The experiments about measuring the frequency stability of the local oscillator of the QO-100 NB transponder with a Vectron MD-011 GPSDO I made a few days ago indicated that the Allan deviation of the local oscillator was probably better than \(10^{-11}\) for \(\tau\) between 1 and 100 seconds. The next step in trying to characterize the stability of the local oscillator is to use a reference clock which is more stable than the Vectron.

I contacted Achim Vollhardt DH2VA asking him if it was possible to record the downlink of the BPSK beacon at Bochum, so as to have a recording referenced to the Z3801A GPSDO in Bochum, which is much more stable than the Vectron. He and Mario Lorenz DL5MLO have been very kind and they have taken the effort to make a recording for me. This post is an analysis of this recording made at Bochum.

The equipment used at Bochum is as follows. A HP Z3801A GPSDO is used as a 10MHz reference. An Octagon LNB is used for downlink reception with a 27MHz reference generated by a DF9NP PLL connected to the GPSDO. The IF from the LNB comes into an AMSAT-DL downconverter, also referenced to the 10MHz GPSDO, and the output of that comes into an Airspy.

The external clock input of the Airspy is connected to the 10MHz GPSDO, but Mario is not sure if this is enabled properly, as he can’t find an option in the software (it might be enabled automatically by the hardware). I couldn’t find anything helpful on the internet either. In any case, after seeing the results of the test, it seems that either the Airspy was indeed locked to the GPSDO or that at the IF it is running its stability doesn’t spoil the Allan deviation.

The recording was made on 2019-11-24 22:45:50 UTC and lasted for 956 seconds. The format was IQ at 39062sps, with the BPSK beacon centred near 0Hz.

The Z3801A GPSDO used at Bochum was provided by James Miller G3RUH. He has sent me the figure shown below, which depicts the Allan deviation of the unit that is running in Bochum. We see that the deviation is around \(3\cdot 10^{-12}\) or \(4\cdot 10^{-12}\) for the range of \(\tau\)’s we are measuring in these experiments.

The recording has been processed with the GNU Radio companion flowgraph test_bochum.grc to obtain phase measurements. As usual, a Costas loop with a bandwidth of 10Hz is used to recover the suppressed carrier, and phase measurements at a rate of 100Hz are stored in a file. This file is then analysed with this Jupyter notebook.

Since in this experiment the transmitter and receiver of the BPSK beacon are both locked to the same clock, the interpretation of the results is simple: as explained in this post, it can be understood as a clock comparison between the Bochum GPSDO and the QO-100 NB transponder local oscillator at a frequency of 8089.5MHz.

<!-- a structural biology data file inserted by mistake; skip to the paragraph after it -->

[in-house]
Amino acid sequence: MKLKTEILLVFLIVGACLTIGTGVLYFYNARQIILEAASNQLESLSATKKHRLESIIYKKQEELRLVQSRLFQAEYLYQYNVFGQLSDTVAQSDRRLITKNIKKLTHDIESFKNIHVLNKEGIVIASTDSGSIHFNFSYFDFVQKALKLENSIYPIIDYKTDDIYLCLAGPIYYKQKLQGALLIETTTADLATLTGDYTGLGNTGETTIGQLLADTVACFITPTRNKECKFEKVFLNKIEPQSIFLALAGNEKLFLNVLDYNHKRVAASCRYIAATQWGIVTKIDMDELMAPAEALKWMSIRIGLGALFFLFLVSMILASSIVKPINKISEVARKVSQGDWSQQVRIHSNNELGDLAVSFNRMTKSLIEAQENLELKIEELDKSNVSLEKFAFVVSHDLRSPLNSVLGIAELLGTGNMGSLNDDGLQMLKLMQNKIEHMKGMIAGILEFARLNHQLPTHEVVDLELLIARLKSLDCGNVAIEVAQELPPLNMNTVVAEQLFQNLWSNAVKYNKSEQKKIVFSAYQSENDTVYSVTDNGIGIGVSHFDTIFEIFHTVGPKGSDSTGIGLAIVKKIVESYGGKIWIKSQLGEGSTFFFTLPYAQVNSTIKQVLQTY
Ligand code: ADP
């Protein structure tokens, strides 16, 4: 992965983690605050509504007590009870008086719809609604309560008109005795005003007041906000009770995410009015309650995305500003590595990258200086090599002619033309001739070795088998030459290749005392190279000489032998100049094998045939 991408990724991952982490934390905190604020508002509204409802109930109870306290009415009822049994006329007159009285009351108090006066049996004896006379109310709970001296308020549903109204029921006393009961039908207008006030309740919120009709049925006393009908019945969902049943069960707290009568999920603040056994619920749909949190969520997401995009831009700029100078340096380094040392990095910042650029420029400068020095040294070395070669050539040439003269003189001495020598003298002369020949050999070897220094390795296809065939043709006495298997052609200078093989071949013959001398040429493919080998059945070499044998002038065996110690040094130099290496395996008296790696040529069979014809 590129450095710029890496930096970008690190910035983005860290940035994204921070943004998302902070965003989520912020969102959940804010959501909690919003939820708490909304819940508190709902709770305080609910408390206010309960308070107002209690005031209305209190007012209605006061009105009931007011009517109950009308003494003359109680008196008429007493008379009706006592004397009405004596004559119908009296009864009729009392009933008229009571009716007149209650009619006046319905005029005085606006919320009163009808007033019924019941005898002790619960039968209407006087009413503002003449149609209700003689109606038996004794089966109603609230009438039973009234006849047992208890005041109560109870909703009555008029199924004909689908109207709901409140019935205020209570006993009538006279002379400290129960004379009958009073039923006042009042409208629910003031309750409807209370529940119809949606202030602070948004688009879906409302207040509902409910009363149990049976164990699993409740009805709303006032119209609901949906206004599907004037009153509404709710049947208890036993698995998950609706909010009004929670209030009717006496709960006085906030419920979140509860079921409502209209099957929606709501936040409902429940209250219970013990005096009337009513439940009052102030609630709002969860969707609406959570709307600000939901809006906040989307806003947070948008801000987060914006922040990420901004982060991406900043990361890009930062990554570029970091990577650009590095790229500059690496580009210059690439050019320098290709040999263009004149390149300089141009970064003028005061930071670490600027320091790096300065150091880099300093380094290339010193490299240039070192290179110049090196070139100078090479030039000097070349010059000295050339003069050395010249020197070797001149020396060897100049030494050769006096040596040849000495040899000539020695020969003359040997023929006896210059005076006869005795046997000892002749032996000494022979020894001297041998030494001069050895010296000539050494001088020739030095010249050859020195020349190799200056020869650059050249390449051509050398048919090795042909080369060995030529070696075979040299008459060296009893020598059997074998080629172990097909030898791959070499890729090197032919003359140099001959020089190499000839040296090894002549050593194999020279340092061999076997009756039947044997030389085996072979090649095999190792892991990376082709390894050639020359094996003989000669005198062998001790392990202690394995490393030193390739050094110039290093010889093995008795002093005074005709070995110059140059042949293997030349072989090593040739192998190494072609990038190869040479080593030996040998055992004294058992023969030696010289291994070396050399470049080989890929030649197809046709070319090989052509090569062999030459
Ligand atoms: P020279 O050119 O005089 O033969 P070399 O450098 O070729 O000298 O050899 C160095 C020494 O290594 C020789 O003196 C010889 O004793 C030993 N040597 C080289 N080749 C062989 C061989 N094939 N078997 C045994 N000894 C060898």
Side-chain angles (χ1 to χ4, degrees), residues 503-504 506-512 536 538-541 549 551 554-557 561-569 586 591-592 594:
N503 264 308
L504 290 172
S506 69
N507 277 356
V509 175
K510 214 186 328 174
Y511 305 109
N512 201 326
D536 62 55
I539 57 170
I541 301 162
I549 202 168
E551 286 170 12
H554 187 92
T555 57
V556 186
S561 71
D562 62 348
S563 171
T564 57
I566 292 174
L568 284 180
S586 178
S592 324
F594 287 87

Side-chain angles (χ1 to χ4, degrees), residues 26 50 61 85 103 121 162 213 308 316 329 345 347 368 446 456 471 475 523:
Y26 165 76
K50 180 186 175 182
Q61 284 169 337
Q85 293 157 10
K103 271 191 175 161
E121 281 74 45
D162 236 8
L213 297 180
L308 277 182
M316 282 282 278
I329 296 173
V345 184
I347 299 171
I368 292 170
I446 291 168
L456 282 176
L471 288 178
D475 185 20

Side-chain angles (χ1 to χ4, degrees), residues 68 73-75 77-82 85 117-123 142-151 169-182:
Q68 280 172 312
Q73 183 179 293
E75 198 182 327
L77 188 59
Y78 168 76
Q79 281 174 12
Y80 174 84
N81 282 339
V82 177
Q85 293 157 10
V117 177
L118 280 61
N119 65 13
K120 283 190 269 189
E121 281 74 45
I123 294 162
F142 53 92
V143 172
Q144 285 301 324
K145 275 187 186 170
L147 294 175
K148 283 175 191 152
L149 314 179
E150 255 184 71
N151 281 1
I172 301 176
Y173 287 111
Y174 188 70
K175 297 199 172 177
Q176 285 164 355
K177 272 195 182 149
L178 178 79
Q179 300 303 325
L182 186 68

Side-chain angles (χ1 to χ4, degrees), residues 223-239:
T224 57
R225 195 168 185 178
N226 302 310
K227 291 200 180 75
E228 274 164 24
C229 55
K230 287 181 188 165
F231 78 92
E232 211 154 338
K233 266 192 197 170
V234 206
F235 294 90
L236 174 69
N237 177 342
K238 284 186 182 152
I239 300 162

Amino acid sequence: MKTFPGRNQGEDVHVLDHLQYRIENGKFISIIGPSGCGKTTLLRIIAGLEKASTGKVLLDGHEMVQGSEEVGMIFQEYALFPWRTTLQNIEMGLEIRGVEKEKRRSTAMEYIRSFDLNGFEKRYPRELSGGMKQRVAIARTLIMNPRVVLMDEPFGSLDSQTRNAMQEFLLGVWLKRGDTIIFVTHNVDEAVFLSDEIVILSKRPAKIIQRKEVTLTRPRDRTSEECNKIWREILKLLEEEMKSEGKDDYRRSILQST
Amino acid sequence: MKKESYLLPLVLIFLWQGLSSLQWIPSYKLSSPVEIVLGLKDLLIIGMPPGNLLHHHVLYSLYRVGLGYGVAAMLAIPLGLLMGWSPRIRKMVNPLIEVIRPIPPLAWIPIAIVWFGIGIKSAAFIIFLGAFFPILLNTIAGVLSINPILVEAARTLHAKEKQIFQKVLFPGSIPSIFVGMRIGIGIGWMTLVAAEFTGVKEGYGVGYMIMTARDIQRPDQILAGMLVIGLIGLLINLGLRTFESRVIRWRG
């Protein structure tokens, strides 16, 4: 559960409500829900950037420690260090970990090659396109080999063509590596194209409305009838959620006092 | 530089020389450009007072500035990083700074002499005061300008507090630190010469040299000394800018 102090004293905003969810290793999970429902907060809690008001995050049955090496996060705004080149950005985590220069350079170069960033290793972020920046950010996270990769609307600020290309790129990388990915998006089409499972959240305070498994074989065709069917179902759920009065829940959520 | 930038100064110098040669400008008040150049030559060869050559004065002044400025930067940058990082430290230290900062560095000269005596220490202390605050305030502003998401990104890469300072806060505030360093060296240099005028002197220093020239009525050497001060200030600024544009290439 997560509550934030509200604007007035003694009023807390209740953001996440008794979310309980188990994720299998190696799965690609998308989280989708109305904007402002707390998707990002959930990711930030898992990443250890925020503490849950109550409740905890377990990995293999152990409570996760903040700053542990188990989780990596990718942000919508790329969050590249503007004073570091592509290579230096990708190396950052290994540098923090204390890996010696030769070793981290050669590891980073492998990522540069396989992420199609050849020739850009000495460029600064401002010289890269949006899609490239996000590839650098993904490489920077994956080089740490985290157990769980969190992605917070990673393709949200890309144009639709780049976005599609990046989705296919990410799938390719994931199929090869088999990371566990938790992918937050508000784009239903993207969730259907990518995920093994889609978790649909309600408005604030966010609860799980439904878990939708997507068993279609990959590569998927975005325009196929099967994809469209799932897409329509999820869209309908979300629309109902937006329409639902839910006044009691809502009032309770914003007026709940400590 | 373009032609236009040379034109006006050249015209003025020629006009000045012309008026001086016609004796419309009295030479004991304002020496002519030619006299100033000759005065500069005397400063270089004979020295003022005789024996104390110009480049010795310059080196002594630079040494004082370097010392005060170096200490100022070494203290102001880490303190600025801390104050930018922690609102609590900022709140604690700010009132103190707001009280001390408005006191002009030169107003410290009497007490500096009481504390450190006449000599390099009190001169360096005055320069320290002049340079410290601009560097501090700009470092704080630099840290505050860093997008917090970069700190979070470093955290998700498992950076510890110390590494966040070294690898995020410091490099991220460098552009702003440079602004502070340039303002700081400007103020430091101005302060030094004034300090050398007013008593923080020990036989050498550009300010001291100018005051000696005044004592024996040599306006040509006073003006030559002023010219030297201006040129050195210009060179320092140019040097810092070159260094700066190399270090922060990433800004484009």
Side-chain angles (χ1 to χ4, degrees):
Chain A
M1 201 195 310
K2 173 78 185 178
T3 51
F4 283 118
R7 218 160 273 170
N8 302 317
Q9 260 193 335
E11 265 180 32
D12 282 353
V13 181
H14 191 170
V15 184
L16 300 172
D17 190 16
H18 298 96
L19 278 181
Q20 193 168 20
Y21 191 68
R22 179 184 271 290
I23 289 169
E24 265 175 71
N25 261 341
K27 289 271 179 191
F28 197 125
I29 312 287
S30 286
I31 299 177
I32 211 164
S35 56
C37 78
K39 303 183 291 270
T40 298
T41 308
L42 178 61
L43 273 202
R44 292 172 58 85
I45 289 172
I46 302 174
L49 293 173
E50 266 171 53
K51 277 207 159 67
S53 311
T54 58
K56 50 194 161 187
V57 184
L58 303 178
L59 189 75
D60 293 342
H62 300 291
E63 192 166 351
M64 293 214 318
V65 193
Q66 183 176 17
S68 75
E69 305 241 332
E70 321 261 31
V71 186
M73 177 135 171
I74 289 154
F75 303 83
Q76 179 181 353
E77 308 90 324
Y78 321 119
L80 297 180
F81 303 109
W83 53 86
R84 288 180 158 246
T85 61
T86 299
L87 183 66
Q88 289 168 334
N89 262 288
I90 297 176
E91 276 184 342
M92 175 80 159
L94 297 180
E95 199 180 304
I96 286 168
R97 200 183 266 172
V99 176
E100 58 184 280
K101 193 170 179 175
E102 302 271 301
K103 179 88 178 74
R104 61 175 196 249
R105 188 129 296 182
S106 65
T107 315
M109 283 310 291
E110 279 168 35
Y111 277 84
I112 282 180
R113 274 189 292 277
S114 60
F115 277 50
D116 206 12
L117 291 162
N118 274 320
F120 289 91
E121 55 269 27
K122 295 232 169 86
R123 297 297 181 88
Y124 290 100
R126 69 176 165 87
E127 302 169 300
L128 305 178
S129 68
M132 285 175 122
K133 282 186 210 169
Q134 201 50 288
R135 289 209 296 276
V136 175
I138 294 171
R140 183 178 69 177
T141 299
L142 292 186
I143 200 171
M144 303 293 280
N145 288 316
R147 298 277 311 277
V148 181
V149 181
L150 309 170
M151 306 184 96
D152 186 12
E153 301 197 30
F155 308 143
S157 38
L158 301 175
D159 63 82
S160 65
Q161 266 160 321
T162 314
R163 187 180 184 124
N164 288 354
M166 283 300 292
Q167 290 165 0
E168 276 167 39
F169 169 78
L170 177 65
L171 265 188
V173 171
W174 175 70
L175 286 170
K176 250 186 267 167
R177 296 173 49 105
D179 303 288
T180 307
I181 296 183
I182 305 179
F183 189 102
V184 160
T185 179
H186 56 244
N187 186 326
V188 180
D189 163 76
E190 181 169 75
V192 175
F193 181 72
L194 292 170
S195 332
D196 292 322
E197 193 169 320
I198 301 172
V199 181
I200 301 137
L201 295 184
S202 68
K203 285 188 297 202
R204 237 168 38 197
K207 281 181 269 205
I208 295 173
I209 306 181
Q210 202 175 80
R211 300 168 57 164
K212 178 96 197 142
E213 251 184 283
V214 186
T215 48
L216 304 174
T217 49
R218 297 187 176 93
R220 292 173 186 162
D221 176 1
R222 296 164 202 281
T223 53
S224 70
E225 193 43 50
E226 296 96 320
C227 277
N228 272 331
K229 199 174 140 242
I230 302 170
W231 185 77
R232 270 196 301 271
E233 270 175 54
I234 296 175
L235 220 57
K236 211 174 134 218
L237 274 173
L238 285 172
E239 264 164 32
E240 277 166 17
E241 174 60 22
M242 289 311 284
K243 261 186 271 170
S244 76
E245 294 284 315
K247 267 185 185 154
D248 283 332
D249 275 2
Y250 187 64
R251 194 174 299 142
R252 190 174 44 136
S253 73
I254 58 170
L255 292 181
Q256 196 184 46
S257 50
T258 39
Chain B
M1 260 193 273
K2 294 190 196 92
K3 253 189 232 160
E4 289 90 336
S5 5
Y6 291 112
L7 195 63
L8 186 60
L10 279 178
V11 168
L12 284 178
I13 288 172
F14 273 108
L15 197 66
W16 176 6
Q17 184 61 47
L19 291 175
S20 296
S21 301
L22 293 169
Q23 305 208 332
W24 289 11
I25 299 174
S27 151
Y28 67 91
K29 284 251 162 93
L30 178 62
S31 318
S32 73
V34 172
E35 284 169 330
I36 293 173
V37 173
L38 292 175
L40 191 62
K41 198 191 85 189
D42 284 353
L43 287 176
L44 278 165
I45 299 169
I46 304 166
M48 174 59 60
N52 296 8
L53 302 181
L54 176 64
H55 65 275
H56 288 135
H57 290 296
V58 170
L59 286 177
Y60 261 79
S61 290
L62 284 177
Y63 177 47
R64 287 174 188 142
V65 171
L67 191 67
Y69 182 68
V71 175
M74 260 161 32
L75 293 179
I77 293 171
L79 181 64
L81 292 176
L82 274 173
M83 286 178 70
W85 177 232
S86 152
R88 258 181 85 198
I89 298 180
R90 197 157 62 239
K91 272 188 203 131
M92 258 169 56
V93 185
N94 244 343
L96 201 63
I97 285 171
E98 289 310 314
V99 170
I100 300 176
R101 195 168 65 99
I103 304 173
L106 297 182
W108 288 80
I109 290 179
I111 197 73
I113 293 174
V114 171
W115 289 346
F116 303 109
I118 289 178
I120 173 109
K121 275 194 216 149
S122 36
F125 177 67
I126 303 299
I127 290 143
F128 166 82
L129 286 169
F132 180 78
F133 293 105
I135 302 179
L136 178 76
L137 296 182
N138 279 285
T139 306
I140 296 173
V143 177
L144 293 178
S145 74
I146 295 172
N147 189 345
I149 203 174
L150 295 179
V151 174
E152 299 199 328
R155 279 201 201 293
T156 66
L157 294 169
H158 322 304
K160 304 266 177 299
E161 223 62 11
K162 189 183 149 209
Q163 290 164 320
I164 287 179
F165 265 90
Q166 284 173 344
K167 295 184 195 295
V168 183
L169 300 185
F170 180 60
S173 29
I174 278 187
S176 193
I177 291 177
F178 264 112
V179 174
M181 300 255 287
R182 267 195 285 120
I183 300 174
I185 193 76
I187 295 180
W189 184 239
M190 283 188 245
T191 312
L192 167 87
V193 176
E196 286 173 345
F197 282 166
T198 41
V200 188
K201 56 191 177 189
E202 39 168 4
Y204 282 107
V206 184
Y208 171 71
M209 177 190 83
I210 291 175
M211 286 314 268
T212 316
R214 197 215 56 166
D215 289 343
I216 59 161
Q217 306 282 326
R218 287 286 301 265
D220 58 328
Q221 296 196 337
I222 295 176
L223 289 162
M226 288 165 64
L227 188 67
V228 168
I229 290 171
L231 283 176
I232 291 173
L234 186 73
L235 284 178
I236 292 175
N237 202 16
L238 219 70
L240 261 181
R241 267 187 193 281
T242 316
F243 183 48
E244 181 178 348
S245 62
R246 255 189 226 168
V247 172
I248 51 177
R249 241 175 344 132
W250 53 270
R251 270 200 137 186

The phase difference between the QO-100 local oscillator and the clock at Bochum after removing a linear trend due to frequency offset is shown in the figure below. The quadratic trend is caused by the movement of the satellite. The effects of Doppler in these kind of measurements were treated in my previous post.

Since the observation is short (slightly less than 1000 seconds), we can assume that the frequency drift due to Doppler is constant. Therefore, we can remove the Doppler by fitting a degree two polynomial to the phase difference shown above. The results are shown in the figure below. The frequency drift due to Doppler is \(4.5\cdot 10^{-14}\, 1/\mathrm{s}\). According to the theoretical study I did in the previous post, this is a typical value for the Doppler change rate. An improved measurement could be done at the moments when the Doppler change rate is zero, which happens twice a day.

The phase differece only drifts to +/-0.4ns, which is much better than the results obtained with the Vectron MD-011 GPSDO, so we already see that the Z3801A is much more stable.

The Allan deviation both for the measurements without removing the quadratic term (blue) and with the quadratic term removed (orange) are shown below. We see that for \(\tau\) between 1 and 10 seconds the Allan deviation is between \(2\cdot 10^{-12}\) and \(3\cdot 10^{-12}\).

For the blue trace, the frequency drift due to Doppler starts playing a significant role for \(\tau > 30\,\mathrm{s}\). Indeed, a constant drift of \(a\) in units of 1/s contributes to the Allan deviation as \(a \tau / \sqrt{2}\). Here we have \(a = 4.5\cdot 10^{-14}\, 1/\mathrm{s}\), and we are concerned with stability on the order of \(10^{-12}\), so the Doppler drift starts playing a role for \(\tau\) on the order of 10 seconds.

In the orange trace we see some indication about what the deviation would look like if Doppler was not present. I wouldn’t trust the values for \(\tau > 200\,\mathrm{s}\), where the deviation falls very steeply, as it is likely they are too unrealistic due to the procedure used to remove the Doppler.

My interpretation of the results of these measurements is that the QO-100 local oscillator is at least as stable as the Z3801A, for \(\tau\) between 1 and 100 seconds, and possibly somewhat more stable. The Allan deviation we have measured matches the characterization of the Z3801A done by James rather well. Note that James’ plot only goes down to 10 seconds, where the deviation is around \(2.5 \cdot 10^{-12}\), and we got a deviation of (2\cdot 10^{-12}\) at 10 seconds.

This means that the QO-100 local oscillator has a very good short-term stability. I think it would be hard to find an Amateur station having better stability, and in fact in my quest to measure the QO-100 LO Allan deviation I haven’t found any one yet. Achim points out that a good clock to measure the QO-100 LO would be the Oscilloquartz BV8607, which is below \(10^{-13}\). However these are rather hard and/or expensive to come by.

Many thanks to Achim, Mario, the rest of the AMSAT-DL team, and to James for their collaboration in this series of experiments.